Prospect spotlight: De Leon emulates Lindor

June 12th, 2021

Over the past several years, the Orioles have worked to stockpile prospects via the Draft, international signings and trades, bolstering their Minor League system into one of the sport’s best. These days, Baltimore’s system sports headliners like Adley Rutschman but also considerable depth, in the form of exciting players who have the chance to grow into the club’s Top 30 rankings -- and impact big leaguers -- in the near future.

Consider it the result of Baltimore’s expanding efforts in the international market, after years of eschewing Latin America under previous regimes. All summer at and MLB Pipeline, we’ll be spotlighting these prospects, many of whom are on the verge of beginning their professional careers in earnest.

In this installment, meet infielder Isaac De Leon:

Age: 19
DOB: 11/7/2001
Hometown: Santo Domingo, Dominican Republic
Height: 6-foot-3
Weight: 210 pounds
Bats: Right
Throws: Right
Position: SS/3B
Prospect ranking: Unranked
MLB ETA: 2025
MLB comp: Erik Gonzalez

What’s his backstory?
A natural shortstop, De Leon plays with his hair dyed bleach blonde in honor of his idol -- Mets shortstop Francisco Lindor. Growing up in the baseball hotbed of Boca Chica, De Leon marveled at the ease Lindor brought to the game, his obvious talent and the positive energy he showed on the field every day.

“He’s the player I really imitate, and [I] try to emulate everything I see from him as well,” De Leon said through Orioles team translator Ramón Alarcón. “He looks happy. He looks like he’s having fun. Regardless of what’s going on, he looks like he’s in a good mood. And he makes great plays.”

Furthermore, Lindor can hit. That has always been De Leon’s favorite part of the game, since he first grew enamored with baseball at the age of 7. He began training seriously in his early teens, and then at 16 -- boom! A growth spurt made De Leon one of the more sought-after prospects in the 2018-19 international signing class. Now the possibility of reaching the Majors comes with an added perk: the chance to potentially meet and compete against Lindor.

“I have not had the opportunity to meet him yet, but I would love for an opportunity like that,” De Leon said. “I would most definitely like to compete against him. You definitely want to compete against the very best, and I believe he's one of the very best.”

What are his tools? (20-80 grading scale)
Hit: 40
Power: 45
Run: 40
Arm: 50
Field: 50
Overall: 40

Scouting report
De Leon was one of the 2018-19 international class' earliest seven-figure commits before that original deal fell through and he signed for $275,000 with the Marlins. Miami sent him to the Dominican Summer League, where he hit .256 with 13 doubles and more walks (38) than strikeouts (36) as a 17-year-old in 2019. Tall and lanky in his mid-teens, De Leon has filled out significantly in the two years since signing, adding several inches and upwards of 40 pounds to his frame. The Orioles acquired him in August 2020 as the player to be named later in the Richard Bleier deal.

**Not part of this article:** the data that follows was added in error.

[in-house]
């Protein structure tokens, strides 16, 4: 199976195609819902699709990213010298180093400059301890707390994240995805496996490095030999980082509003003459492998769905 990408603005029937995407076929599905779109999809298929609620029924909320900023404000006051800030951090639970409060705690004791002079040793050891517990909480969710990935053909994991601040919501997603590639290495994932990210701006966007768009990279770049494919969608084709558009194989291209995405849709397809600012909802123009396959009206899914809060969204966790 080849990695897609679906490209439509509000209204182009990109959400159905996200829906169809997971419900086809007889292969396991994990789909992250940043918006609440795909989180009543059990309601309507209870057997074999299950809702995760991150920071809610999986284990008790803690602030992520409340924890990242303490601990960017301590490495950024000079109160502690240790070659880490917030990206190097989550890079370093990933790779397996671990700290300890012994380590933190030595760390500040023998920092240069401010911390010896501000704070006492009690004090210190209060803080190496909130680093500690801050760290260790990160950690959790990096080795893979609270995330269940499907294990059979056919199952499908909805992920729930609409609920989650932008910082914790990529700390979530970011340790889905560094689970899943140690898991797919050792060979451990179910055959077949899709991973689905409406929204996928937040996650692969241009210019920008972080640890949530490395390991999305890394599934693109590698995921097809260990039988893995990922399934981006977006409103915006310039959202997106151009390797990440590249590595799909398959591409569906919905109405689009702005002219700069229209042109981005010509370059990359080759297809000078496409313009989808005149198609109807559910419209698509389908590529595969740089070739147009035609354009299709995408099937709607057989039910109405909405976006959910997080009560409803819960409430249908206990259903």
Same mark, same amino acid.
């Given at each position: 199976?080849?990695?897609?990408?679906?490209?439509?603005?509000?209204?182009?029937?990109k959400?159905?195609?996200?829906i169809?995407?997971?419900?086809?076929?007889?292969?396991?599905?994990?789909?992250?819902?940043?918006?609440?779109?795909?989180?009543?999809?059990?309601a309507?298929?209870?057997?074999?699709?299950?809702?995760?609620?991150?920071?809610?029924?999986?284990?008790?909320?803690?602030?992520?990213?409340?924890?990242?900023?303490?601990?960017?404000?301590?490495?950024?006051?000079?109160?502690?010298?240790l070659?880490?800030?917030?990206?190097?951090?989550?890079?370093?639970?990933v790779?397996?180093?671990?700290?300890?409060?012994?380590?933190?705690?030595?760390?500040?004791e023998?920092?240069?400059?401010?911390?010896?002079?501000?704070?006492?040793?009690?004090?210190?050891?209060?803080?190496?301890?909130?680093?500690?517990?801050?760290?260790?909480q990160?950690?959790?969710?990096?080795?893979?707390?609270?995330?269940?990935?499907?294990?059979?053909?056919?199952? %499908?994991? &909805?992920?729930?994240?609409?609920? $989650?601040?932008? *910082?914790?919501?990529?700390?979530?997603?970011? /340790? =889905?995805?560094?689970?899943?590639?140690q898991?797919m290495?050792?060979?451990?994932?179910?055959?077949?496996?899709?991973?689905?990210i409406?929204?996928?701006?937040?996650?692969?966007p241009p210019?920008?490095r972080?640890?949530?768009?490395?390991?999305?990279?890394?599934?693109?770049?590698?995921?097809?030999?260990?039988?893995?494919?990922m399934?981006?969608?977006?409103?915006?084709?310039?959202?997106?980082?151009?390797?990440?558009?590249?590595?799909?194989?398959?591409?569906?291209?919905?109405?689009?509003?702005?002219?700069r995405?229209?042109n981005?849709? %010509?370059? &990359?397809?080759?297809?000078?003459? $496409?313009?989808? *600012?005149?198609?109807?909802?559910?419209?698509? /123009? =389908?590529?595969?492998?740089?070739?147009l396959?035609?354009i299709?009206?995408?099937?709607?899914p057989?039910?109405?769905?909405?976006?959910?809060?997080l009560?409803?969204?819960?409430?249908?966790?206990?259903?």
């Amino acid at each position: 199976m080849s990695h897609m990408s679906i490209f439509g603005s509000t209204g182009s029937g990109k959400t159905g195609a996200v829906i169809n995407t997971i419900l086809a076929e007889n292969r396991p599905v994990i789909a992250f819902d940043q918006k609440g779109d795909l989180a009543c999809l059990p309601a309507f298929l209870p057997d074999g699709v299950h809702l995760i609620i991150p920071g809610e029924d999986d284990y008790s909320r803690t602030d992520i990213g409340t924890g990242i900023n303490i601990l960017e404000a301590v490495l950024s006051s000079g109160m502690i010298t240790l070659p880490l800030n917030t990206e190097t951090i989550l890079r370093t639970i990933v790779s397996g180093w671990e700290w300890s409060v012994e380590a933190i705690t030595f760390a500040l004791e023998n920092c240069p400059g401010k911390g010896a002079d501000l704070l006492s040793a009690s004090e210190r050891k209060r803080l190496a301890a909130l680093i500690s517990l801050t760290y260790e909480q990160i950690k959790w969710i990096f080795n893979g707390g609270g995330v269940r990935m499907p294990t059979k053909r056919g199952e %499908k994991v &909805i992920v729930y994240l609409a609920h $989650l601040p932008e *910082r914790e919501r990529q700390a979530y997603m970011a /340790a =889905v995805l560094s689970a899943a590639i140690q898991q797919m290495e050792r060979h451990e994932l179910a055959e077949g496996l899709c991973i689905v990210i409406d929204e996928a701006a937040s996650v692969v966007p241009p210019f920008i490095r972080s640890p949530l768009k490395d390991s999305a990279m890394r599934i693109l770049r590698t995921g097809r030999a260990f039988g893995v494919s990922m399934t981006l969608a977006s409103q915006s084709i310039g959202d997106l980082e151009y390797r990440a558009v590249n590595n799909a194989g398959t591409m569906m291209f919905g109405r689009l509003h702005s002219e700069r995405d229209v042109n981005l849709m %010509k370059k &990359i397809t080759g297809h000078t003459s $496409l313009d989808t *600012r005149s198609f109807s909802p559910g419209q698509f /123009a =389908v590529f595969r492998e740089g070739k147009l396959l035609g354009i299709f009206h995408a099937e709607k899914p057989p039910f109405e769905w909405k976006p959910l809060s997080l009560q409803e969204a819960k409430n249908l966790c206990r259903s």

De Leon is already on the bigger side for shortstop, but he moves well and shows excellent hands and a strong arm, leading some to believe he can remain at the position long term. If not, De Leon is athletic enough to play anywhere on the infield, with third base the most likely profile due to his throwing ability and flashes of raw power. As with many young players, the question offensively is whether he will be able to refine his approach and hit consistently in game action.

De Leon’s DSL experience gives him an edge over many newer international signs, who didn’t play competitively last season due to the pandemic. Still, this year will be important for his offensive development after more than a year away from competitive at-bats. If he continues to fill out and can refine his approach, De Leon has a chance to reach the big leagues down the road as a utility player with some right-handed power.

How did he arrive in the organization?
The Orioles swung five deals during the 2020 season, stockpiling nine prospects in trades for veterans Mychal Givens, Tommy Milone, Miguel Castro, Hector Velázquez and Bleier. The Marlins were surprise contenders looking for bullpen help when they targeted Bleier, who spent parts of the past four seasons as one of Baltimore’s most reliable relievers. The O’s announced they’d acquired De Leon as the trade’s PTBNL on Sept. 18, 2020.

“I was very surprised,” De Leon said. “It was something I was not expecting. Thankfully, since I was very little, I was taught you play the game hard no matter what.”

What are they saying about him?
“When we saw Xander Bogaerts as a kid, we thought he would move over to third base. And he’s doing fine. People were trying to move Jhonny Peralta over his whole career, and he played short for 15 years. … I don’t know if De Leon will be a shortstop at the end. By the time he’s 24 or 25 he might be too big and strong.” -- O’s international scouting director Koby Perez

2021 outlook
The pandemic delayed De Leon’s timeline, though he did participate in minicamp at the Orioles’ Dominican academy and extended spring training in 2021. The plan now is for De Leon to debut for one of their two Gulf Coast League teams this summer, a natural progression given the full year of DSL action under his belt.

“Turning pro, I learned that with signing that first contract brings more responsibilities,” De Leon said. “You have to be accountable for the good and the bad. That’s something I definitely learned: You need to be a professional on and off the field. With the Orioles, I’ve learned to control my emotions. I’ve learned how to not let them get the best of me and to focus on the main goal.”